ERIC Number: EJ790372
Record Type: Journal
Publication Date: 2008-Apr-2
Reference Count: N/A
State Tests Not All OK under Law
Hoff, David J.
Education Week, v27 n31 p1, 24 Apr 2008
Six years after the No Child Left Behind Act became law, many states still haven't completed one of its most important tasks: establishing a testing system that meets the law's requirement that they track all students' progress toward proficiency in reading and math. Although the progress has been slow, U.S. Department of Education officials and state leaders suggest that states have made adequate strides in meeting the formidable challenge of dramatically increasing the amount of testing and creating new exams that measure the success of students with disabilities. One critic of the pace said that states should be much further along in complying with the testing rules. The 1994 version of the Elementary and Secondary Education Act, of which the NCLB law is the latest version, required states to assess students in key subjects at least three times during their K-12 careers--thus pointing the way, that critic suggested, to the more extensive NCLB mandate. The approval status of a state's testing plan has become especially important recently because a state must have such approval to participate in two federal projects intended to give states greater flexibility in implementing the NCLB law.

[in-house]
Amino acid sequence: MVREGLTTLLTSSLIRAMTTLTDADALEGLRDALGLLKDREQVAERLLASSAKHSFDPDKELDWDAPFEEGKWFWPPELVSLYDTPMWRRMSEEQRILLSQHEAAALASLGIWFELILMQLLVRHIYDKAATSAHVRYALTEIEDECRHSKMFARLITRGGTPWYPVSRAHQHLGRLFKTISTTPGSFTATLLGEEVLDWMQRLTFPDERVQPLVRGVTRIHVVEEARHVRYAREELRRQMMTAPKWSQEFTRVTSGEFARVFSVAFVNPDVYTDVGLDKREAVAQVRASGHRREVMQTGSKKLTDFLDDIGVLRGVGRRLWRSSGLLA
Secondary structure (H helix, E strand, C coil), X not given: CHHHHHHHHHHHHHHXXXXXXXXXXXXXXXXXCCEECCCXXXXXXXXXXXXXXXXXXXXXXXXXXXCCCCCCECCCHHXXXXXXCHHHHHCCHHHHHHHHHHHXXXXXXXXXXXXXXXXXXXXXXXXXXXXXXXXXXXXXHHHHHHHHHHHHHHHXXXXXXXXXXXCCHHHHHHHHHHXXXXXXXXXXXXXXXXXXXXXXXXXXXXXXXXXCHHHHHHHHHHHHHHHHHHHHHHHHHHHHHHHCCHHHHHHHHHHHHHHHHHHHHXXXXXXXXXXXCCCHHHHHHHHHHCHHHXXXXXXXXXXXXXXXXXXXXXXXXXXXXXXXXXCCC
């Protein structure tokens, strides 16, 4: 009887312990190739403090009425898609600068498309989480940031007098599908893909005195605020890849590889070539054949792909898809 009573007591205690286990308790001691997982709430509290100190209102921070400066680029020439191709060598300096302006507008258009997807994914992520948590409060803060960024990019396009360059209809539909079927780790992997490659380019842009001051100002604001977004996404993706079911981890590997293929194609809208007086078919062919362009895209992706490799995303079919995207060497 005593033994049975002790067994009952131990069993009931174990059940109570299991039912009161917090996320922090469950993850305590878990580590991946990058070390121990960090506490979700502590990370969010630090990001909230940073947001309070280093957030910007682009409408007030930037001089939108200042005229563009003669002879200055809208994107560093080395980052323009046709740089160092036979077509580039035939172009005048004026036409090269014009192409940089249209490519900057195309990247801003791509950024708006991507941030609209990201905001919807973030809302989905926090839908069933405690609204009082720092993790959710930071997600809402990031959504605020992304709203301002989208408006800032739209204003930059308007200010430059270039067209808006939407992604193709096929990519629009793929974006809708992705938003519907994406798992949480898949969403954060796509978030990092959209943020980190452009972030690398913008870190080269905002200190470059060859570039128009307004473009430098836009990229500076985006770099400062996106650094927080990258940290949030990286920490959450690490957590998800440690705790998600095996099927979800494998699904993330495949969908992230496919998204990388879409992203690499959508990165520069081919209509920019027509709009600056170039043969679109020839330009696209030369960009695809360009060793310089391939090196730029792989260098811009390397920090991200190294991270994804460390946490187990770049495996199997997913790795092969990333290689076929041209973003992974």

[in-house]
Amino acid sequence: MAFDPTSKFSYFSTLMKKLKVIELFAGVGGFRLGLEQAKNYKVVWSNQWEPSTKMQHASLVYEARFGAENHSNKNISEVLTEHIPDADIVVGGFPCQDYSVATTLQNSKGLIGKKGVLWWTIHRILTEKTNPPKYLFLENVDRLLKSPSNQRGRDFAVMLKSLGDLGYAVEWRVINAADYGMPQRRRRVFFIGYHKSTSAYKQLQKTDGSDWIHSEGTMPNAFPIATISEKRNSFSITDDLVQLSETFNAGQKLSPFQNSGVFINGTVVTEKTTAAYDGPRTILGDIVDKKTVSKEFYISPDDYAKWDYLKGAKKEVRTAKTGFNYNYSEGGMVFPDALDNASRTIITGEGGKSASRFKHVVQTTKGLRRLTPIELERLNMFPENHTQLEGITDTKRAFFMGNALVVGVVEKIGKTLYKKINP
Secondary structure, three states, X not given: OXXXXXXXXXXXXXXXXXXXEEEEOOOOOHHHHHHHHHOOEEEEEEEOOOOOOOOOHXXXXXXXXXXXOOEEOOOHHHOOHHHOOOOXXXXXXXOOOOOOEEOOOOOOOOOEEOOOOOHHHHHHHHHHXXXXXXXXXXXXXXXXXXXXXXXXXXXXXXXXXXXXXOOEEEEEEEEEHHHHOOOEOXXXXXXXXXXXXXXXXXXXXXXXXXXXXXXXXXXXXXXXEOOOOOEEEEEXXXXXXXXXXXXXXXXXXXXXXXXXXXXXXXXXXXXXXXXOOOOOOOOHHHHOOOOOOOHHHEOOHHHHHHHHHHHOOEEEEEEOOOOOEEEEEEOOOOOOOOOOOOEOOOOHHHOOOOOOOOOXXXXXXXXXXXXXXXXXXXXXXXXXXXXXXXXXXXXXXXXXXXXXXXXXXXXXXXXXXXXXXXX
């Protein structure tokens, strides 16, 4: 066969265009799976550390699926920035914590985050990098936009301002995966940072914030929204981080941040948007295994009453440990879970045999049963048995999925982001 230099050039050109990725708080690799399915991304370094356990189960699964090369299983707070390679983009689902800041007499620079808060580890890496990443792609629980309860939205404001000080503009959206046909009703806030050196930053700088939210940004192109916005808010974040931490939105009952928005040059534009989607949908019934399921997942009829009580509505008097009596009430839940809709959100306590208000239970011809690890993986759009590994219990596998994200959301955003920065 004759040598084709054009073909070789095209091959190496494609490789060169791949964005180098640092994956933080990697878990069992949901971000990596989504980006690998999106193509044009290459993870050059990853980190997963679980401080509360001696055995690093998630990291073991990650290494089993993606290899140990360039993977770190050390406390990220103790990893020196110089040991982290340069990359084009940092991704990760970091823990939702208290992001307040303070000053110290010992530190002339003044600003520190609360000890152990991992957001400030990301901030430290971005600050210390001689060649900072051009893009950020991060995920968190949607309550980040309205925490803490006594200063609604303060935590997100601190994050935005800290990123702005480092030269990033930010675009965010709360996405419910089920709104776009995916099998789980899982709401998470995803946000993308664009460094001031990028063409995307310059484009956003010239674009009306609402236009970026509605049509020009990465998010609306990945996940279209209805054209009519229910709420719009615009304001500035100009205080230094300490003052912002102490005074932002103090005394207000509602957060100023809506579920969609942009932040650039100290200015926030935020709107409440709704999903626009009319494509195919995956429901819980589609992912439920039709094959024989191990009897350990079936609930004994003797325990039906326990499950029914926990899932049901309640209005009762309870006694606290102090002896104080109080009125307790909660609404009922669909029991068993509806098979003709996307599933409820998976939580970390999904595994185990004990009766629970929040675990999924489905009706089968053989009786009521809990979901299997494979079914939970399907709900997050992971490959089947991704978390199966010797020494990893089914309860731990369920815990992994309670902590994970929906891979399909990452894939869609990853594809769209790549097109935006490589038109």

Descriptors: Elementary Secondary Education, Federal Legislation, Attitudes toward Disabilities, Testing, Disabilities, Accountability, State Standards, Pilot Projects, State Departments of Education, Academic Achievement
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Publication Type: Journal Articles; Reports - Descriptive
Education Level: Elementary Secondary Education
Authoring Institution: N/A
Identifiers - Laws, Policies, & Programs: Elementary and Secondary Education Act; No Child Left Behind Act 2001